Part of the corruption that can occur is the kind you would expect. Business corporations exist in order to make money, and like human persons, they can be tempted to do so in immoral ways. For example, corporate persons, like persons in the ordinary sense, have patriotic duties and duties of solidarity toward the fellow members of the community within which they operate. And they violate these duties when they let considerations of profit override their obligations to their country and its citizens (by needlessly offshoring jobs, working to relax immigration laws so as to secure cheap labor, etc.). Modern American conservatives have become more sensitive to this problem in recent years, though market fundamentalism still blinds too many of them to it.
At the same time, it is a serious error to think that profit is all that drives corporations, any more than it is all that drives human persons. Hence, it is an error to think that greed is the only sort of corruption to which they are prone. This is something else that modern American conservatives are coming to learn, the hard way. Corporations could make enormous amounts of money catering to the distinctive tastes and interests of traditional religious believers and others with conservative attitudes. But they show little interest in doing so. The reason is that they now largely share the same liberal and secular worldview that prevails in academia, entertainment, and the Democratic Party, and are willing to forego profits that would be earned in a way that might promote contrary values. Moreover, they now seem increasingly willing to make political enemies of those with contrary values, and actively to promote the interests of their favored party and its ideology even at the expense of alienating some customers.
In his article, Scruton describes how, in Lenin’s Soviet Union, the Communist Party either obliterated all corporate persons other than itself, or so deeply infiltrated them that they became nothing more than its masks. Nothing was left to stand between the Party and individuals, and the Party treated them as raw material to be molded according to a totalitarian plan rather than as fellow persons whose rights have to be respected and whose concerns and opinions had to be rationally engaged with. The result, Scruton writes, was:
one corporate person standing triumphant amid the ruins of social life: the Party itself. But it [was] a monstrous person, no longer capable of moral conduct; a person which cannot take responsibility for its actions, and which can confess to its faults only as ‘errors’ imposed on it by misguided members, and never as its own actions, for which repentance and atonement are due… Like its shortlived disciple, the Nazi party, it [was] a corporate psychopath, respected by none, and feared by all. (pp. 263-4)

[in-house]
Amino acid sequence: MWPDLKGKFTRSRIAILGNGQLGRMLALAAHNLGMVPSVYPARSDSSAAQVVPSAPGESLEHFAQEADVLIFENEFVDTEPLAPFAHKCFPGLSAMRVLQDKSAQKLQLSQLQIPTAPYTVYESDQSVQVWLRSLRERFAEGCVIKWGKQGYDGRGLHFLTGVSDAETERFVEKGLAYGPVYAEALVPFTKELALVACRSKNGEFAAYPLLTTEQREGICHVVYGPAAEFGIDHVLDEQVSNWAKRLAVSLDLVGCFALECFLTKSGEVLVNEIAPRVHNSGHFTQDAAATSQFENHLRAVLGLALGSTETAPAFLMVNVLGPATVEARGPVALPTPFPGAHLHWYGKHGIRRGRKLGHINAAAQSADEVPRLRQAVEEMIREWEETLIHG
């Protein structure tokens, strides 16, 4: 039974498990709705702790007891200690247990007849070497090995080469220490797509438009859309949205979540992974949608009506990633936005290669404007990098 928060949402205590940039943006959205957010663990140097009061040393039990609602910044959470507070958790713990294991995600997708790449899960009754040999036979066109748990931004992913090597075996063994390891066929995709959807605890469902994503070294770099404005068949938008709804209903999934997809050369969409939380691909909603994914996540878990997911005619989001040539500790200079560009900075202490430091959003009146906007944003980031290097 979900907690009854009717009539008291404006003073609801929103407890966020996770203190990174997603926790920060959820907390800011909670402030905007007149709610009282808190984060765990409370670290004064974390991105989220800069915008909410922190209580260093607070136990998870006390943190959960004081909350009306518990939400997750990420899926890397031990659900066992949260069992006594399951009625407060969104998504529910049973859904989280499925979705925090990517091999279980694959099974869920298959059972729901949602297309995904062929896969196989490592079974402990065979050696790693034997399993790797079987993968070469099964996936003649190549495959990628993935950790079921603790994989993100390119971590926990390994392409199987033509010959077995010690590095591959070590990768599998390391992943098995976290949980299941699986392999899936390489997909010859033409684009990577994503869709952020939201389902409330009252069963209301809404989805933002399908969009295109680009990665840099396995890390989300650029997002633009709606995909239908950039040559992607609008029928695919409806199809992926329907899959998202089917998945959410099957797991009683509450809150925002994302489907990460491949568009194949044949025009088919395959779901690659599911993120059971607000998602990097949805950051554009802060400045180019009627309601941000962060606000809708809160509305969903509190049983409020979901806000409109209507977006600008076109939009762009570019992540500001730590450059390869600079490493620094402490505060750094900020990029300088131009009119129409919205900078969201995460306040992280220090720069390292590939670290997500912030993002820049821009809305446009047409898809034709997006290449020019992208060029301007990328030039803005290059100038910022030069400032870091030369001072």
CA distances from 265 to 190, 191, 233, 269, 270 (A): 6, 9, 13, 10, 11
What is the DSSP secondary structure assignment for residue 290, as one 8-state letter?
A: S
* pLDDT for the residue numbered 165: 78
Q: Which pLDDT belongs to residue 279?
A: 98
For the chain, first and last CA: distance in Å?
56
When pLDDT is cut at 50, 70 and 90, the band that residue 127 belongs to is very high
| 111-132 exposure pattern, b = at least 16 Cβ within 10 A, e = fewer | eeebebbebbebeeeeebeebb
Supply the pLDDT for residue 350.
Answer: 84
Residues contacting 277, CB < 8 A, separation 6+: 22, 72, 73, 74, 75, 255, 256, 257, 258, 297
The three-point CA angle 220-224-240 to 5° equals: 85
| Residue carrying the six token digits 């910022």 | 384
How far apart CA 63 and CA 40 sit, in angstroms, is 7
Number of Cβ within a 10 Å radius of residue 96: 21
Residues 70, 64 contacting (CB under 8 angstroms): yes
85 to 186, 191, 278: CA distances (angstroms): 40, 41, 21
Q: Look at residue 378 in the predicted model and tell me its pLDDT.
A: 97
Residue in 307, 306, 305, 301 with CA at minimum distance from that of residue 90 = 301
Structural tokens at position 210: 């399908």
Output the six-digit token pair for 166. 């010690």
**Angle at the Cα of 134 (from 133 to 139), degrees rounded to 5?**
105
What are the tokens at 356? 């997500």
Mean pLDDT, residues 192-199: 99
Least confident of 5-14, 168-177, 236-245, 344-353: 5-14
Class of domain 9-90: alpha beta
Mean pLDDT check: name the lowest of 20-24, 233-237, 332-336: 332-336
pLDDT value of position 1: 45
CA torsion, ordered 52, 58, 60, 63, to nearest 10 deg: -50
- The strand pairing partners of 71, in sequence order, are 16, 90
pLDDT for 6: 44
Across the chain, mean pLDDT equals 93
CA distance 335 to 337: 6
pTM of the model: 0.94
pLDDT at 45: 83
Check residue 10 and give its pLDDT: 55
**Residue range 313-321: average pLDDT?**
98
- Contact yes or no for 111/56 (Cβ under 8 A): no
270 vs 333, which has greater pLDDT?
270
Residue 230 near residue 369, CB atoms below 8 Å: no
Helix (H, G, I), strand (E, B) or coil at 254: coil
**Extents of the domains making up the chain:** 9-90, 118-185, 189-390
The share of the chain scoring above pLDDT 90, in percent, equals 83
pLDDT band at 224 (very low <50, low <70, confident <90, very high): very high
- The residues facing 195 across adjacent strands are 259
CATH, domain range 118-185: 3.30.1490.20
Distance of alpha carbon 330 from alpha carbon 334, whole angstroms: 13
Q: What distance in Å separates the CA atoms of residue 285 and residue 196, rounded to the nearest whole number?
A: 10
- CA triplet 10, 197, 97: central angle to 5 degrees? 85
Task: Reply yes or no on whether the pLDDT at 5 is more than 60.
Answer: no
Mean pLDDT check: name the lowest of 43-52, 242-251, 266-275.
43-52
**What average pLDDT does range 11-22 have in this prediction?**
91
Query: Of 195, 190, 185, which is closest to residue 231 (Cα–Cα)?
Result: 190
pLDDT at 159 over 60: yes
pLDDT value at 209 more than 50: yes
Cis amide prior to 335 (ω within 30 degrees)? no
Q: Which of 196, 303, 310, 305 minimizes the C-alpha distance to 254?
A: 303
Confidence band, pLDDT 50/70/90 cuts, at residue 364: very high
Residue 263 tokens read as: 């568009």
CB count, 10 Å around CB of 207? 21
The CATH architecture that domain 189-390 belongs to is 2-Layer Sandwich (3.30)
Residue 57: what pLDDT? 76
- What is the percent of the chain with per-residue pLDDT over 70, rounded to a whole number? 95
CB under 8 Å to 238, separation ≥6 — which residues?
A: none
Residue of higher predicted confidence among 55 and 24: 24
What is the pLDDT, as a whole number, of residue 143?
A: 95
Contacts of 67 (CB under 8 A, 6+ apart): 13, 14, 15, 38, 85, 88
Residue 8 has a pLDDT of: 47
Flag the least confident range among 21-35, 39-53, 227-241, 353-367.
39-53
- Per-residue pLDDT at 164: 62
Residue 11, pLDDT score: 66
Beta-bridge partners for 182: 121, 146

In the United States, at the moment, there is no party with the size, apparatus, military muscle, or violent ruthlessness of Lenin’s Communist Party. What we do have, in the Gnostic cult of Critical Race Theory, is a party line in search of a Party, an ideology as shrill, intolerant, and simple-minded as that of Lenin. And its sweep through the political class, journalism, the federal government, schools and universities, churches, and corporate HR departments gives every appearance of a corporate mind coming to consciousness and attempting to assemble for itself a body. Not by way of violent takeover, but by a kind of voluntary euthanasia of independent corporate persons, as they happily make of themselves the organs of this new entity which will rid the world of “whiteness,” “patriarchy,” “heteronormativity” and other objects of egalitarian hatred, as Lenin sought to rid the world of the bourgeois.
Whether this new “corporate psychopath” will in fact arise, and precisely what form it will take if it does, remain to be seen. But as fallible corporate persons, like human persons, become increasingly infected with madness and evil, the one infallible corporate person that is the Church must get her bearings so that she might more effectively resist them. For though she cannot die, she can become sick, to the extent that the human beings who make up her body are faithless, feckless, cowardly, and muddleheaded. There can be only one proper response to the fanatical imposition of error and immorality to which our institutions are being increasingly given over. It is not dialogue, and it is not fleeing for fear of the wolves, but rather holy intransigence in defense of orthodoxy and sanctity, born of faithful confidence in the Church’s divine Spouse, who will never leave her nor forsake her.
(Editor’s note: This essay was originally posted in slightly different form on the author’s blog and is posted here with his kind permission.)